9:45 am: A voter comes in and according to the pollbook, she is 102 years old. She jokes that the period between elections lasts longer than any of her husbands did. I want to be this sharp when I turn 102.
10:30 am: No matter how carefully I divide the alphabet into separate poll books, there will always be a line of voters who are just in that ONE section of the alphabet. Fun facts: No voters in my poll book have a last name that starts with X. Only three have last names starting with the letter I. 235 out of 1324 voters have last names that start with B.
11:30 am: It’s quiet. Time to warm up the lasagna and send my first team member to lunch. This precinct has the best kitchen ever. Full range, microwave, a sink, plates, utensils, tables and chairs…somebody pinch me. When I ran Early Voting at the phosphate museum, we had to bring our lunches and sit in the “Phosphate Around the World” exhibit.
12:00-3:00 pm: The only lunch crowd here is us. Where is everybody? Don’t the voters like us anymore? What good is a lunch break if it isn’t interrupted by people coming in? My team doesn’t care about eating lasagna in peace, we care about making elections the most pleasant government interaction a citizen will ever have. We cannot do this without voters. In the morgue-like calm of Precinct 216, we are just a group of lonely geeks with clipboards. I soon prove just how geeky by calculating the percentages of maximum turnout, expected turnout, total turnout for in person and Vote by Mail voting, Vote by Mail ballot return rate, etc. Our count stubbornly remains at 92 voters. The ballot scanner is mocking me.
3:45 pm: My prayers to the election turnout gods have been answered. Twenty voters appear within a half hour, and a few are favorites of mine. While manning the ballot scanner, a spry octogenarian looks deeply into my eyes and explains metaphysics and the healing powers of Tai Chi. I’m wearing heels. Or more specifically, four-inch ruby red sequined stilettos that Dorothy from The Wizard of Oz would die for. They were a gift from political mapmaker J. Miles Coleman, and they get trotted out every election. Gorgeous, yes. But Tai Chi in heels on a slick wooden floor is a polling place injury report just waiting to happen.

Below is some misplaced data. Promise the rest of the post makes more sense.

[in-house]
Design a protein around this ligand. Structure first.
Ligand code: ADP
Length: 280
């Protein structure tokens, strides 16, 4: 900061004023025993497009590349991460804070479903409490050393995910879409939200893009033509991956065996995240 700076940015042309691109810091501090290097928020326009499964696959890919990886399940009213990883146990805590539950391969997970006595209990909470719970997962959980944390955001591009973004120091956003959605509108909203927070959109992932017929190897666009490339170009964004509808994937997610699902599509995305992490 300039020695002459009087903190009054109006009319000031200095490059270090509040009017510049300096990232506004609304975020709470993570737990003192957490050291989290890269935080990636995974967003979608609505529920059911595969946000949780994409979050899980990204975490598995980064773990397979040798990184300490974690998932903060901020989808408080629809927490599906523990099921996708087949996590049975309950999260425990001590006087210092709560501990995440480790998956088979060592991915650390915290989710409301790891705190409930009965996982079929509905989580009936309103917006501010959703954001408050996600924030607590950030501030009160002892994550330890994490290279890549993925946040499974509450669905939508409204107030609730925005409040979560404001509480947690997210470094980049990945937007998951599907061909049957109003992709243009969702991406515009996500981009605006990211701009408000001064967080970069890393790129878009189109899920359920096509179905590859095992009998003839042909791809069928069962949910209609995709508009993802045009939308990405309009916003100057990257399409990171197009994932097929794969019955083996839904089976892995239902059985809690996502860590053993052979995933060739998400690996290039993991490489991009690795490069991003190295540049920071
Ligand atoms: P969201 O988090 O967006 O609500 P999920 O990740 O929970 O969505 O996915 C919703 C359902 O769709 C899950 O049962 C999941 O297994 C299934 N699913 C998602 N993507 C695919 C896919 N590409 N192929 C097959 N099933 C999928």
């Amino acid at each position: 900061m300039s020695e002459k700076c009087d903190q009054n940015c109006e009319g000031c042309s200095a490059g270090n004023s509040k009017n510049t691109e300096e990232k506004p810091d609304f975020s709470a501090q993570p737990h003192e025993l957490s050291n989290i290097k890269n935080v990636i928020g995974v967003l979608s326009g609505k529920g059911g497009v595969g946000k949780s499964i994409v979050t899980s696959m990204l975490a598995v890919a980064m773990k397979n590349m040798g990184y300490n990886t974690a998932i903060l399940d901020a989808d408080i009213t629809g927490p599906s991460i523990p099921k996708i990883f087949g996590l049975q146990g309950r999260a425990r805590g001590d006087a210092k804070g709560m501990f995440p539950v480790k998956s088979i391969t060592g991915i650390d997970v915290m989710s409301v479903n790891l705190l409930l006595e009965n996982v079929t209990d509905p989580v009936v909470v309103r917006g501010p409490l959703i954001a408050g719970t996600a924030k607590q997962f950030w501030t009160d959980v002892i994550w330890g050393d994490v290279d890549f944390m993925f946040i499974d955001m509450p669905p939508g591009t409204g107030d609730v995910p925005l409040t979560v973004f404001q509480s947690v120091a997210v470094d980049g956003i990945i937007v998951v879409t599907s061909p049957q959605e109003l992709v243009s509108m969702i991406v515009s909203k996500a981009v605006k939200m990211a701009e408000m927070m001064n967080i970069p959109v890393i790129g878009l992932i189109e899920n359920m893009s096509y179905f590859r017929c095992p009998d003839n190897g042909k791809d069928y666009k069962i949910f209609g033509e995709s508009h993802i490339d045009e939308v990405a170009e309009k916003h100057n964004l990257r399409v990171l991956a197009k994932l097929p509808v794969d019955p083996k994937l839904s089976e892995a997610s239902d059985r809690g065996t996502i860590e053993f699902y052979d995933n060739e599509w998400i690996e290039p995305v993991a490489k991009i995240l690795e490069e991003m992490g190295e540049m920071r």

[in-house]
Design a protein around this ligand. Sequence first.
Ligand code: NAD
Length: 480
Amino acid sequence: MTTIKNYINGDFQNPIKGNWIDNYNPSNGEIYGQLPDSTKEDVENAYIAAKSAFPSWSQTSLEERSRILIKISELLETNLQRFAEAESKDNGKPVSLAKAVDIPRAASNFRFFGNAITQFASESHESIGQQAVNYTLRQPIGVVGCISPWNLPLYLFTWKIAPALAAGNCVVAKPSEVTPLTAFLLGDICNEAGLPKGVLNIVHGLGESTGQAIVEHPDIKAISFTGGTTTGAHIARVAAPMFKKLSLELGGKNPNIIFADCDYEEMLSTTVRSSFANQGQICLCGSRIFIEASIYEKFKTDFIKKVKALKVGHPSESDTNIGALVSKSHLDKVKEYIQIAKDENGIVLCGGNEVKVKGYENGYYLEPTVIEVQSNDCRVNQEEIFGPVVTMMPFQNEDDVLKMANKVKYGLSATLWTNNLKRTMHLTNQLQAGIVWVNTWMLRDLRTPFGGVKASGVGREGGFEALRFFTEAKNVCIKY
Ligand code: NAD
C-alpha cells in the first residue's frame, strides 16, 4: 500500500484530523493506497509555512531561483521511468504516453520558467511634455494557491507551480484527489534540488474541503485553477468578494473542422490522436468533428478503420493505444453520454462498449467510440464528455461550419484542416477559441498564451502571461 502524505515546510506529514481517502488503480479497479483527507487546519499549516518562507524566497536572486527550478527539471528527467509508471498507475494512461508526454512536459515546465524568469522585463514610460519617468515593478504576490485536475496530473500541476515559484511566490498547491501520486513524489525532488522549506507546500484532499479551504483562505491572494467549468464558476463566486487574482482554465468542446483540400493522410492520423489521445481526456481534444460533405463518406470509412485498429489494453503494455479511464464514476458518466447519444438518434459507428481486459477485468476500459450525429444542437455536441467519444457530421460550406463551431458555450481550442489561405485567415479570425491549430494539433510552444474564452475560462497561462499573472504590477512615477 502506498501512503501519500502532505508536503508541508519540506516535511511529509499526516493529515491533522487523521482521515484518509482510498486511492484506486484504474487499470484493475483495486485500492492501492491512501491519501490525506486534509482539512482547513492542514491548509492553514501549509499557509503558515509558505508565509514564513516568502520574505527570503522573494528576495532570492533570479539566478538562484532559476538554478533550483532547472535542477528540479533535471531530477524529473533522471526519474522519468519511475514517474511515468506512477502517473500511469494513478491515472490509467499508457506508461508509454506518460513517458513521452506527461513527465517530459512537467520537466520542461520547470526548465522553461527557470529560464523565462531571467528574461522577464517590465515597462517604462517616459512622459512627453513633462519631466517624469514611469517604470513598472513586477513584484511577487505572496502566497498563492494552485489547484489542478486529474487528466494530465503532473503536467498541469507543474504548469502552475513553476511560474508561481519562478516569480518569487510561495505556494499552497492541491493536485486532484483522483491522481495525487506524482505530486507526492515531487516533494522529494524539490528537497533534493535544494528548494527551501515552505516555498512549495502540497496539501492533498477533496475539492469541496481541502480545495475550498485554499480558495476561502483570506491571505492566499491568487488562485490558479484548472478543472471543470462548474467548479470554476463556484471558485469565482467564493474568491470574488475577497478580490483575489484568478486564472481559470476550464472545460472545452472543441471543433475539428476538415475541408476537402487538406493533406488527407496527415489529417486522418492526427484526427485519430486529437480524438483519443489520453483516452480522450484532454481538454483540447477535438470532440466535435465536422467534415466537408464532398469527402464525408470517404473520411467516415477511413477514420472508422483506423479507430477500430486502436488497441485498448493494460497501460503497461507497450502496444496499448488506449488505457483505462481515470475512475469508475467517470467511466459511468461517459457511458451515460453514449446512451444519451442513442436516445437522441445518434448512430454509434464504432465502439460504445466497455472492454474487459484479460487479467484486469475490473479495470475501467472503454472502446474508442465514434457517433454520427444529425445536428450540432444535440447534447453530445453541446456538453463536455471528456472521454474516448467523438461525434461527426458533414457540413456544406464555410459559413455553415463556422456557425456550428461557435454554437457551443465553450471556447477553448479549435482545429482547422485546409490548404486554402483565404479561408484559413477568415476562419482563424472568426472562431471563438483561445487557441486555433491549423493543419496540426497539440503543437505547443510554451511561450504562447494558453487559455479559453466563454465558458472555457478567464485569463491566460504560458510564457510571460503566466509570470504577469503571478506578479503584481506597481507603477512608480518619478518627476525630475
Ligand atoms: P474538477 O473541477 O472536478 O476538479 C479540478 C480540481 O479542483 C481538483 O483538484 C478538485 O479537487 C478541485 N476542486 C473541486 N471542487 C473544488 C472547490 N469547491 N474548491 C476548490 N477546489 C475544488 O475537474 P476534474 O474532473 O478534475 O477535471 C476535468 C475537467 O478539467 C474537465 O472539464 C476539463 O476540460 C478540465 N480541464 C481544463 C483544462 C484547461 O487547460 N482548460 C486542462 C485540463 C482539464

4:25 pm: My polling deputy demonstrates his American Sign Language skills when a couple comes in and he is able to translate their heated argument. They’re voting for opposing candidates, hoping to cancel out the other’s vote. When they leave, they’re holding hands and look very much in love. I thank them for making voting part of their Date Night.
5:00 pm: A family walks in with their son. It is his 18th birthday, and he wanted to spend it with his parents, voting in a tiny municipal election. My team kicks into high gear and makes a huge fuss over him. There’s just something about that new-voter smell. In all seriousness, a voter’s first election is a very big deal, whether it’s because they just turned 18, or because they just gained US Citizenship. It’s one of the few recognized rites of passage we have left as Americans, and most election workers realize this and endeavor to make it special. We give him an extra I Voted sticker so his mom can put it in his scrapbook.